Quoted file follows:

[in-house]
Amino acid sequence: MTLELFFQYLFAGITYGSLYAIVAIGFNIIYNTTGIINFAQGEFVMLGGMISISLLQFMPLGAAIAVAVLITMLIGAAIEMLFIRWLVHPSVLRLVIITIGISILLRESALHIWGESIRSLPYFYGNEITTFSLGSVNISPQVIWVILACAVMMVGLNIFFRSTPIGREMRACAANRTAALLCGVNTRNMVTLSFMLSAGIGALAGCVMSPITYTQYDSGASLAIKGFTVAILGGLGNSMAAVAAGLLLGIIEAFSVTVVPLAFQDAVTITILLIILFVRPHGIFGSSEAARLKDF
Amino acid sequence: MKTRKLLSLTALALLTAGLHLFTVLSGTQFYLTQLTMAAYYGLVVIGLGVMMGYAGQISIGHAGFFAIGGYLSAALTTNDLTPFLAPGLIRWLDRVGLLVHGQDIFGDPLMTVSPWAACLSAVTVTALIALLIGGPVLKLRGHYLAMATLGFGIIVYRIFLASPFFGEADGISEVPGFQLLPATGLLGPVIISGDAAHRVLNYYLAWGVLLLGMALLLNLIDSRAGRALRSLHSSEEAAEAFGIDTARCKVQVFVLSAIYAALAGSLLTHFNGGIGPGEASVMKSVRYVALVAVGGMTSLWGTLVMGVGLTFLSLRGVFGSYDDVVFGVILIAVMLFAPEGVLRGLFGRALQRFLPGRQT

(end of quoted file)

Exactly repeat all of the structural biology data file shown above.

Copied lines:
[in-house]
Amino acid sequence: MTLELFFQYLFAGITYGSLYAIVAIGFNIIYNTTGIINFAQGEFVMLGGMISISLLQFMPLGAAIAVAVLITMLIGAAIEMLFIRWLVHPSVLRLVIITIGISILLRESALHIWGESIRSLPYFYGNEITTFSLGSVNISPQVIWVILACAVMMVGLNIFFRSTPIGREMRACAANRTAALLCGVNTRNMVTLSFMLSAGIGALAGCVMSPITYTQYDSGASLAIKGFTVAILGGLGNSMAAVAAGLLLGIIEAFSVTVVPLAFQDAVTITILLIILFVRPHGIFGSSEAARLKDF
Amino acid sequence: MKTRKLLSLTALALLTAGLHLFTVLSGTQFYLTQLTMAAYYGLVVIGLGVMMGYAGQISIGHAGFFAIGGYLSAALTTNDLTPFLAPGLIRWLDRVGLLVHGQDIFGDPLMTVSPWAACLSAVTVTALIALLIGGPVLKLRGHYLAMATLGFGIIVYRIFLASPFFGEADGISEVPGFQLLPATGLLGPVIISGDAAHRVLNYYLAWGVLLLGMALLLNLIDSRAGRALRSLHSSEEAAEAFGIDTARCKVQVFVLSAIYAALAGSLLTHFNGGIGPGEASVMKSVRYVALVAVGGMTSLWGTLVMGVGLTFLSLRGVFGSYDDVVFGVILIAVMLFAPEGVLRGLFGRALQRFLPGRQT